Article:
Rather than smearing me with your ego-boosting diatribe, why not ask me directly anything you may have in mind. You can get my e-mail address off my home page which can be found on my blog.
    Oh, I hardly consider commenting on a blog site in Minnesota as a campaign strategy for Northwest and Northcentral Ohio.

  3. #3 Ichthyic
    October 31, 2006

    People who preach “do as I say not as I do.” People who believe in facts but speculate on innuendo and unverified conjectures. Perhaps you only embrace the physical science and exclude the social sciences.

    right, so instead of presenting a clear argument about what your position is and then explaining why you think this specific issue doesn’t garner enough importance, you said:

    That said it is still the ultimate myopic perspective in my opinion to base a decision solely on a single issue rather than an overall holistic gestalt approach.

    which, without further explanation, sure sounds like a lot of meaningless drivel. “hollistic gestalt approach”

    can’t you see how much of a sound-bite that is?

    Sure sounds like you’re the one doing the preaching there, old boy.

    If your goal is to not be misrepresented, you’ve got some work to do.

    The best way to do that is to be absolutely up front and clear about your position. That’s the best defense, not coming here and saying everybody is victimizing you, including the press, then expecting anybody would even care what you have to say afterwards. You could have started off by being explicit on your position wrt to teaching ID, and then gone on to explain why you think it’s not important as a specific issue in teaching overall.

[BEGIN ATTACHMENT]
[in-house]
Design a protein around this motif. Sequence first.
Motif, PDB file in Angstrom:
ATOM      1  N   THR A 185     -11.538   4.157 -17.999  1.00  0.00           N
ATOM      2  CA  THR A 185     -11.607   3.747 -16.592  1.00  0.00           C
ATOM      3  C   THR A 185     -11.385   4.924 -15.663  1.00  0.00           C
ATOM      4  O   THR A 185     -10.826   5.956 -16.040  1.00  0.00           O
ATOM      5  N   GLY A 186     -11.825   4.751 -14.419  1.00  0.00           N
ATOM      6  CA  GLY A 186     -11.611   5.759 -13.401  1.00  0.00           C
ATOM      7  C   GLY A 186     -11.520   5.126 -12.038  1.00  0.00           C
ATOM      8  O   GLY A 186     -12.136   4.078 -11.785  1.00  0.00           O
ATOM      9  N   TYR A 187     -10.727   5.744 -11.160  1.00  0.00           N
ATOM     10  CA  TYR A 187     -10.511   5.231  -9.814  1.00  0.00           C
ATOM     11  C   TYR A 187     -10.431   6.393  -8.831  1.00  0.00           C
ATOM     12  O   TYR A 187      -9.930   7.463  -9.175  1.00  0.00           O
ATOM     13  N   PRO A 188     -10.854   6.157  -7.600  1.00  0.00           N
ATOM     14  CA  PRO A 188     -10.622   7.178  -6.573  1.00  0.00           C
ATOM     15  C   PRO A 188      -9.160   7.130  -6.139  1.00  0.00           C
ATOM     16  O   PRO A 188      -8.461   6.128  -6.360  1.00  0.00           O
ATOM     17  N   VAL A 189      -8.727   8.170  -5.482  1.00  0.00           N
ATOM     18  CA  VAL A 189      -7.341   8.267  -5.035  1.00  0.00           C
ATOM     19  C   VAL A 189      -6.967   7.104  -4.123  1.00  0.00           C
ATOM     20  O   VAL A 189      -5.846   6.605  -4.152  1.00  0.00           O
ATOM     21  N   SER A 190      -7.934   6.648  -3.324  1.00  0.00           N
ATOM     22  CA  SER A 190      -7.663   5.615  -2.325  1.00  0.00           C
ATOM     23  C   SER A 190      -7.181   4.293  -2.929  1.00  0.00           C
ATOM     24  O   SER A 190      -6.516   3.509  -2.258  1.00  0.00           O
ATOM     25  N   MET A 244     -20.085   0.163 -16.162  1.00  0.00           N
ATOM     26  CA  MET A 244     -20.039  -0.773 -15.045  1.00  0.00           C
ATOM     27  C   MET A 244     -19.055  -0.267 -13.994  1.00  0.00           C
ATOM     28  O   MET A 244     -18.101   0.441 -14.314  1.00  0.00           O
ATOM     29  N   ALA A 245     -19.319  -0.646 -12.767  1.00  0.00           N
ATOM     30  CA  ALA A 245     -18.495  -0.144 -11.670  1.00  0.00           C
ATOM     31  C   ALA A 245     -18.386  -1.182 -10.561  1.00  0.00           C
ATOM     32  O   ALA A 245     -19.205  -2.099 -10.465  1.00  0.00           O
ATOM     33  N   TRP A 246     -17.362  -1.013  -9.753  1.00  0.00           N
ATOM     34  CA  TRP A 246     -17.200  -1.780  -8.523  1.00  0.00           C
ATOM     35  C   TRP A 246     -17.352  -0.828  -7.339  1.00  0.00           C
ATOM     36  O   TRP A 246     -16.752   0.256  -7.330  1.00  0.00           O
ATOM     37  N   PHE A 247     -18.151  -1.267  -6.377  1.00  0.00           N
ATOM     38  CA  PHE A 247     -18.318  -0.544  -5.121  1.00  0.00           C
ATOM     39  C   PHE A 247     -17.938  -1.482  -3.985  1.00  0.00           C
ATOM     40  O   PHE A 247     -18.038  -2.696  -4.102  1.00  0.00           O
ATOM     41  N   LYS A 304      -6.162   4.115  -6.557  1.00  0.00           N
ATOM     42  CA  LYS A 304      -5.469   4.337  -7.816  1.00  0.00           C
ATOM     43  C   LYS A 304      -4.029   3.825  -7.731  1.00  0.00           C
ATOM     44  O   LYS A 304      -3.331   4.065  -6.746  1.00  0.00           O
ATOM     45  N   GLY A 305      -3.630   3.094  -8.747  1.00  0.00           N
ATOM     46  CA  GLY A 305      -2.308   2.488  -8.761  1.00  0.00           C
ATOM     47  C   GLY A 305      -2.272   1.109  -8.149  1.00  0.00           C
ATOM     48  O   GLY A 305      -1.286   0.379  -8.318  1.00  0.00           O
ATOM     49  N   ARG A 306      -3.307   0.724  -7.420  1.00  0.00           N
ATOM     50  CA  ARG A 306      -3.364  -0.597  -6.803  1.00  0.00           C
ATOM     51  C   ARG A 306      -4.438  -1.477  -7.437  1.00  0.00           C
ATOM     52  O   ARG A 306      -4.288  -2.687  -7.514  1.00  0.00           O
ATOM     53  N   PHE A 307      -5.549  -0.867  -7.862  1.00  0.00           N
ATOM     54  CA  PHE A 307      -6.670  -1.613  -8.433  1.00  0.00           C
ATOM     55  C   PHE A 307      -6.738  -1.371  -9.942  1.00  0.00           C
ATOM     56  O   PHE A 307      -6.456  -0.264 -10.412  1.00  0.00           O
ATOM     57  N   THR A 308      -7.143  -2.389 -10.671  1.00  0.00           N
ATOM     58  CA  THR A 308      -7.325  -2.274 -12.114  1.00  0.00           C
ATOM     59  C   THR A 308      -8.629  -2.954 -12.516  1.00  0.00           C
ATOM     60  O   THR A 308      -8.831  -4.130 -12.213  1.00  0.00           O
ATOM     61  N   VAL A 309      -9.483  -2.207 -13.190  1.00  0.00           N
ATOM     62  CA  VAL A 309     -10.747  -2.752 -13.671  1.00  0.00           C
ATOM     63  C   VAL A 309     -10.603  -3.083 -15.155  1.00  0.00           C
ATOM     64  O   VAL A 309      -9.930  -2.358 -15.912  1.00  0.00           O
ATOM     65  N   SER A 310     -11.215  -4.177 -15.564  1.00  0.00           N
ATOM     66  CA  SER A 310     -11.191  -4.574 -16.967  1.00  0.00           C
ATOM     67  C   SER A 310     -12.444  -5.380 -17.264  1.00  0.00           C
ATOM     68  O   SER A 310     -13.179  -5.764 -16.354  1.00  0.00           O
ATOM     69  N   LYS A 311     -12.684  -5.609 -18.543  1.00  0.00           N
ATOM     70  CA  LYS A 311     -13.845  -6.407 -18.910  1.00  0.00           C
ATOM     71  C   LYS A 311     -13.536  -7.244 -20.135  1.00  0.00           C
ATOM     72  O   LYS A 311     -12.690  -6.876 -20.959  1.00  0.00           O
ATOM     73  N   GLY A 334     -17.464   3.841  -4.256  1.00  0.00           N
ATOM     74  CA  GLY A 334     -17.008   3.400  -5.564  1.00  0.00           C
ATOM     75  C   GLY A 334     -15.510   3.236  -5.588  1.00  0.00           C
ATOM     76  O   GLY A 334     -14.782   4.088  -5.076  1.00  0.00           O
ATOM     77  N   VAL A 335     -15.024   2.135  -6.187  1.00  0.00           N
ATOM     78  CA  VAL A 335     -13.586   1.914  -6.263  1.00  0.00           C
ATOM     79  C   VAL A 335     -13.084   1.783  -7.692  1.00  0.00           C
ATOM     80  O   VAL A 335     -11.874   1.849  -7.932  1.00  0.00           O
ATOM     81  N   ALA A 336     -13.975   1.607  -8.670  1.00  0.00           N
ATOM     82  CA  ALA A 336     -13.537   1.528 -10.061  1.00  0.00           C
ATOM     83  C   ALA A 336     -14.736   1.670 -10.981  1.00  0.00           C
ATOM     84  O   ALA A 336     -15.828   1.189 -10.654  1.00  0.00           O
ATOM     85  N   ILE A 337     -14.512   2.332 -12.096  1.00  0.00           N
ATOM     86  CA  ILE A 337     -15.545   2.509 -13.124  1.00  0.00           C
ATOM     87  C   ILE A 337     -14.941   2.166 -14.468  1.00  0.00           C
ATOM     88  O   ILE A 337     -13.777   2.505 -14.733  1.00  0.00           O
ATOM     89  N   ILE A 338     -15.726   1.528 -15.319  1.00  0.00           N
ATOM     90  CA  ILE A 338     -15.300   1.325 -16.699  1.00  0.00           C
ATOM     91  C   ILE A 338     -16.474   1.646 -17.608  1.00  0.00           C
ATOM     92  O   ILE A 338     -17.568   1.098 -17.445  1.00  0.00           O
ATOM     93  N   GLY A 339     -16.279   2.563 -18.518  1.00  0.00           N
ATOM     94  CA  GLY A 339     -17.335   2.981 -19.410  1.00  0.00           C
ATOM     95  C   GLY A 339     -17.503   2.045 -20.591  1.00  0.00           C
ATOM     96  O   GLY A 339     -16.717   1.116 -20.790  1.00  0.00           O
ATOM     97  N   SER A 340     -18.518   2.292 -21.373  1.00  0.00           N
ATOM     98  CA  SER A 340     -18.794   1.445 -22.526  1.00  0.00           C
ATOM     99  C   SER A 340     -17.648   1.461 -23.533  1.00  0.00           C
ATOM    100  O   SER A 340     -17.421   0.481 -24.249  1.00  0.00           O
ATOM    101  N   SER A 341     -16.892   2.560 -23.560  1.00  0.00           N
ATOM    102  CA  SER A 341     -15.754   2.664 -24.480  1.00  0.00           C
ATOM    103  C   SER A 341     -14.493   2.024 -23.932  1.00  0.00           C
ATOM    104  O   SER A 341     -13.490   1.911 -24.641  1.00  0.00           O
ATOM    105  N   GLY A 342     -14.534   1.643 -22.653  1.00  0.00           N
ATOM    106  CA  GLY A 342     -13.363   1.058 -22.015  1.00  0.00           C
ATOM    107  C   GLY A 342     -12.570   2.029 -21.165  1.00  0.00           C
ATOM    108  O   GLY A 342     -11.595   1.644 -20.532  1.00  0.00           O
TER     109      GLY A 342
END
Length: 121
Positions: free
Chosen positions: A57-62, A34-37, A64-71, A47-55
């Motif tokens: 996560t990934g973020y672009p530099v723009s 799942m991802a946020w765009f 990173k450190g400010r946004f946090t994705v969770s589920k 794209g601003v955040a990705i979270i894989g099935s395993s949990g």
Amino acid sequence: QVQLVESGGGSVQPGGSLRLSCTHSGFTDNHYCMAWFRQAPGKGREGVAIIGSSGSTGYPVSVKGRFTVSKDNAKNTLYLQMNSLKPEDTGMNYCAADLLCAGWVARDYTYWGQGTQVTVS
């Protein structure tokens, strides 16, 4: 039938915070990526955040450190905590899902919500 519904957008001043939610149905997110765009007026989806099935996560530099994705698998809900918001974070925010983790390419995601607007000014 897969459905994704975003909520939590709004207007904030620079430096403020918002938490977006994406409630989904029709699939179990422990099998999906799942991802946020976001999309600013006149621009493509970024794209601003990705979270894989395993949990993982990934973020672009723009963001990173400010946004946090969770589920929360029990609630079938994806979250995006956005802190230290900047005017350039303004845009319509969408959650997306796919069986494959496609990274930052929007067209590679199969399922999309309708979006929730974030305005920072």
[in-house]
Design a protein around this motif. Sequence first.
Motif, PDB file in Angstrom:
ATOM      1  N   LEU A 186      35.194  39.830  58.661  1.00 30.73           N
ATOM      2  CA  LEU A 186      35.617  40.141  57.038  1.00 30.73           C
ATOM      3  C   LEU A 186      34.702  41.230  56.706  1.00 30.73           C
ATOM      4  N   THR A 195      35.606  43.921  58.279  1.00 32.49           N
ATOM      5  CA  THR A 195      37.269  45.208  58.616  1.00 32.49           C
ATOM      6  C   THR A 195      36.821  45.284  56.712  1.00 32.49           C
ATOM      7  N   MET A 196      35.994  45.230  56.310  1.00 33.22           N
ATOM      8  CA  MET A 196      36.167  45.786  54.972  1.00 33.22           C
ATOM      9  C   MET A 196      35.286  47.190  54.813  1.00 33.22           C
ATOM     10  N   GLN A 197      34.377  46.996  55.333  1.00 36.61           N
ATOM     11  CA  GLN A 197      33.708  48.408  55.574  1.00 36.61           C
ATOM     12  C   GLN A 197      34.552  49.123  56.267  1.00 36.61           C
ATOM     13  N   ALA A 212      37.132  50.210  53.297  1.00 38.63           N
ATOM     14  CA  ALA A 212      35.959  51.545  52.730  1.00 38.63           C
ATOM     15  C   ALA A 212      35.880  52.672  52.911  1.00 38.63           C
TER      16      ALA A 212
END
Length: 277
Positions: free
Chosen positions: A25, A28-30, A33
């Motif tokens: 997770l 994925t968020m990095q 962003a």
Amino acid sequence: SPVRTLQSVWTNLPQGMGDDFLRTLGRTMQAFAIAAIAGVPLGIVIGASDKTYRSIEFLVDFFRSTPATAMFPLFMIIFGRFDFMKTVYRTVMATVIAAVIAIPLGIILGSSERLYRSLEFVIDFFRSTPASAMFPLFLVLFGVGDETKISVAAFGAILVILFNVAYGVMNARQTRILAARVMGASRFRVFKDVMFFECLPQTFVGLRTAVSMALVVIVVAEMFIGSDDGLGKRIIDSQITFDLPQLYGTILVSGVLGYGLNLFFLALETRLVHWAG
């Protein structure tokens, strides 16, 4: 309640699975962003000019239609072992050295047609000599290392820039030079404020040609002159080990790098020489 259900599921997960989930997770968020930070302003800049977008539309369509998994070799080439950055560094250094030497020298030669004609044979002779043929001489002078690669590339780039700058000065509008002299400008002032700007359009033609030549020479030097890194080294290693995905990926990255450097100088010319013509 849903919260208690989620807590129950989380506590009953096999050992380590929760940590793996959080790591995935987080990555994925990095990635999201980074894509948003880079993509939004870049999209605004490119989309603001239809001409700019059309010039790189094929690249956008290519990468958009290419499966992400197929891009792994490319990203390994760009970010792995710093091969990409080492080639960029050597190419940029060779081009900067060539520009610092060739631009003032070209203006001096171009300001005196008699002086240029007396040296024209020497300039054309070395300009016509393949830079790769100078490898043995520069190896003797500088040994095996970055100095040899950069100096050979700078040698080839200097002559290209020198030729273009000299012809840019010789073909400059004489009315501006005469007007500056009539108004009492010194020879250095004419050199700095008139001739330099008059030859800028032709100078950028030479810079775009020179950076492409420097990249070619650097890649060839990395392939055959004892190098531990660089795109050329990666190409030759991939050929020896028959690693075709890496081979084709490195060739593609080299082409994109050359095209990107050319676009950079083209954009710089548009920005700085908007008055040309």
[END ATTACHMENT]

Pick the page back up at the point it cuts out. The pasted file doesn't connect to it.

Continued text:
However, you didn’t do that, did you?

    I’m perfectly happy to listen to what you have to say, once you start to actually say something.

    me, I never misinterpreted your position based on media reports, as I’ve never even heard of you before now.

    go figure.

  4. #4 Ichthyic
    October 31, 2006

    This is my last post here.


    where you yet again play the victim rather than argue, or even define, your position as to what your “gestalt hollism” is.

    I would suggest you would hate politics, since you apparently dislike being a victim so intensely.

    maybe it’s a good thing you are learning this so early?

  5. #5 Ichthyic
    October 31, 2006

    ….um, I’m from that part of the country. Do you understand how the internet works?

    there appears to be a great deal Mr. Hansen does not understand.

    alas, since he ran away crying “help! help! I’m bein’ repressed!”

    i guess we’ll never know for sure.

  6. #6 Ichthyic
    November 1, 2006

    No doubt Hitler had good presentation skills. Why should we be impressed by presentation skills?